Pieces of a Chinese Long March 5B rocket are expected to crash into Earth this weekend, likely spreading debris around the world, including the United States.
California-based federally subsidized nonprofit Aerospace Corporation reported Tuesday that experts at the Center for Orbital and Reentry Debris Studies (CORDS) are closely monitoring the “massive” 23-metric-ton rocket booster’s uncontrolled reentry.
“If this sounds familiar, it’s because similar uncontrolled reentries of Long March rockets occurred in 2020 and 2021. A reentry of this size will not burn up in the Earth’s atmosphere, and the general rule of thumb is that 20–40 percent of the mass of a large object will reach the ground, though it depends on the design of the object,” the group stated.
Aerospace Corp. predicted that the debris field included the U.S., Africa, Australia, Brazil, India, and Southeast Asia.
The Chinese state-run news outlet Global Times dismissed concerns over the falling debris, arguing the West has a “sour grapes” mentality toward “the robust development of China’s aerospace sector.”
“China ruled out the possibility of causing ground damage at the design stage, and its capability to ensure the re-entry safety has proven itself reliable again and again. What is behind such smears is total jealousy of us,” TV commentator Song Zhongping told the outlet.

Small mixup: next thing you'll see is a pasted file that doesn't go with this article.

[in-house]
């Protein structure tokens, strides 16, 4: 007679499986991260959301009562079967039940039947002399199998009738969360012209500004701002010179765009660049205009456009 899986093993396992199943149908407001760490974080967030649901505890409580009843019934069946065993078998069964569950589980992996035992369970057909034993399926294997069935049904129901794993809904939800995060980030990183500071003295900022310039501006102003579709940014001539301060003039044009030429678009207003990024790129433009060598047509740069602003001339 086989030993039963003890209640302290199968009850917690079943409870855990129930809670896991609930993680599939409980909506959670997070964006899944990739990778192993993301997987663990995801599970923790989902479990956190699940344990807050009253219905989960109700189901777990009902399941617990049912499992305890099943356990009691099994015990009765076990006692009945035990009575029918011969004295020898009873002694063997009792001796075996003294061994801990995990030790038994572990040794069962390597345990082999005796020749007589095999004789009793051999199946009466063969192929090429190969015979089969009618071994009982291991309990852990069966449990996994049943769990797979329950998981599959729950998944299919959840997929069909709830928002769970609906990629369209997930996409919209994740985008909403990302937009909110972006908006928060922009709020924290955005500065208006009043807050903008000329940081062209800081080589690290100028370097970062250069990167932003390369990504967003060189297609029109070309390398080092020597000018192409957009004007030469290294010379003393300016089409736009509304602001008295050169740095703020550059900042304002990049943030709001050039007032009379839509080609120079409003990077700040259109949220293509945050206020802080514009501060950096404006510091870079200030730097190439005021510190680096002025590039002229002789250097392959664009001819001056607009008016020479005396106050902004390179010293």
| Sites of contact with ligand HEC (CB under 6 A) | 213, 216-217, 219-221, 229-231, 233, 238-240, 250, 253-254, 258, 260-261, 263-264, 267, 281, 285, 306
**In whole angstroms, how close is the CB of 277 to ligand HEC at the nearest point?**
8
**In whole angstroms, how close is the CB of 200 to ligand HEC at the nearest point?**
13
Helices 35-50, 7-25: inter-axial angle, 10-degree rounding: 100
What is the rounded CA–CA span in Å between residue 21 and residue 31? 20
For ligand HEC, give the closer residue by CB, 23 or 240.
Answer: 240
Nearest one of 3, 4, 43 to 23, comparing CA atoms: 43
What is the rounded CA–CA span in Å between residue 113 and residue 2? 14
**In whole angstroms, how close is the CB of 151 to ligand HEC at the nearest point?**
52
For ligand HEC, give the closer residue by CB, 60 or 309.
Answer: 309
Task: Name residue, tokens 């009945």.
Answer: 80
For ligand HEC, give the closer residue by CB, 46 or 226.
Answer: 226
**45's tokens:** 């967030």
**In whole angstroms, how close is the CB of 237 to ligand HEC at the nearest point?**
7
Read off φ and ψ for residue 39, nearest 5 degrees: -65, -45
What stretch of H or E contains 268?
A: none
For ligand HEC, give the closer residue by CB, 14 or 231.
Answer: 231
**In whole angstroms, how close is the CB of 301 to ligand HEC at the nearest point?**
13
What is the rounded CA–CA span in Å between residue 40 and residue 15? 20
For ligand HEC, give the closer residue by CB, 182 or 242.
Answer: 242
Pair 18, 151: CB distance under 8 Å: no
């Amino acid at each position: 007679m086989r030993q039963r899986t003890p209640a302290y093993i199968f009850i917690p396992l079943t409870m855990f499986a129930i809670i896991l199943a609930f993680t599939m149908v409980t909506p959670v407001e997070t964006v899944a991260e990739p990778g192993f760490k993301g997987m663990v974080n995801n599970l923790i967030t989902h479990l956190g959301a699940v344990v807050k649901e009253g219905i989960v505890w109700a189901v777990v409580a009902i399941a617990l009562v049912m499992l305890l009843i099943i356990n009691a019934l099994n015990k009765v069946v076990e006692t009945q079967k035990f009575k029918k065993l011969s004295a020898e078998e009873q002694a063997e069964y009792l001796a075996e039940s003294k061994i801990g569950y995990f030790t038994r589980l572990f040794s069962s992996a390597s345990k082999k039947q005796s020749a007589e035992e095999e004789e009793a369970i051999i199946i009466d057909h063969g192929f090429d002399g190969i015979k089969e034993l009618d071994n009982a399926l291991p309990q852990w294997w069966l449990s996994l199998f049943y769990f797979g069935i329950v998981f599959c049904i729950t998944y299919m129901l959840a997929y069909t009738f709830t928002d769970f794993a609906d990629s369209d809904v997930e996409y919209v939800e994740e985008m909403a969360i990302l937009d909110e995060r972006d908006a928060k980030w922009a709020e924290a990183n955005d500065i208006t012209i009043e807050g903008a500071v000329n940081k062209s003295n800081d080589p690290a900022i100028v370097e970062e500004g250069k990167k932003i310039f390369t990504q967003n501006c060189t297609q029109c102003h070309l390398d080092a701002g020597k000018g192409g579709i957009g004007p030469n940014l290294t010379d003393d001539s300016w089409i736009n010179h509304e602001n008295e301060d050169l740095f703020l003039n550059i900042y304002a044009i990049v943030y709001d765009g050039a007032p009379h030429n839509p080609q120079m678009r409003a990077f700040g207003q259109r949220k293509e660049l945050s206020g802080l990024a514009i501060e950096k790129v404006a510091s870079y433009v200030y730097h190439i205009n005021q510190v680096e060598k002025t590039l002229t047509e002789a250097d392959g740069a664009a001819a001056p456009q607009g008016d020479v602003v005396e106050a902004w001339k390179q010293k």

The Global Times reported that Zhongping believes the “US is running out of ways to stop China’s development in the aerospace sector, so smears and defamation became the only things left for it.”
“But those efforts would be useless to affect the development of the China space program,” he added.
The Chinese Communist Party defended a similar situation last year when debris from another Long March rocket crashed into the Indian Ocean in May 2021. Then-Chinese Foreign Ministry spokeswoman Hua Chunying claimed that China is held to different standards than the U.S. when it comes to space exploration.
“American media used romantic rhetoric like ‘shooting stars lighting up the night sky,’” said Chinese Foreign Ministry spokeswoman Hua Chunying. “But when it comes to the Chinese side, it’s a completely different approach.”
“We are willing to work with other countries including the United States to strengthen cooperation in the use of outer space, but we also oppose double standards on this issue,” she added.
NASA Administrator Bill Nelson slammed China as irresponsible in the wake of the Indian Ocean crash, according to Time.
“It is clear that China is failing to meet responsible standards regarding their space debris,” Nelson said at the time. “It is critical that China and all space faring nations and commercial entities act responsibly and transparently in space to ensure the safety, stability, security, and long-term sustainability of outer space activities.”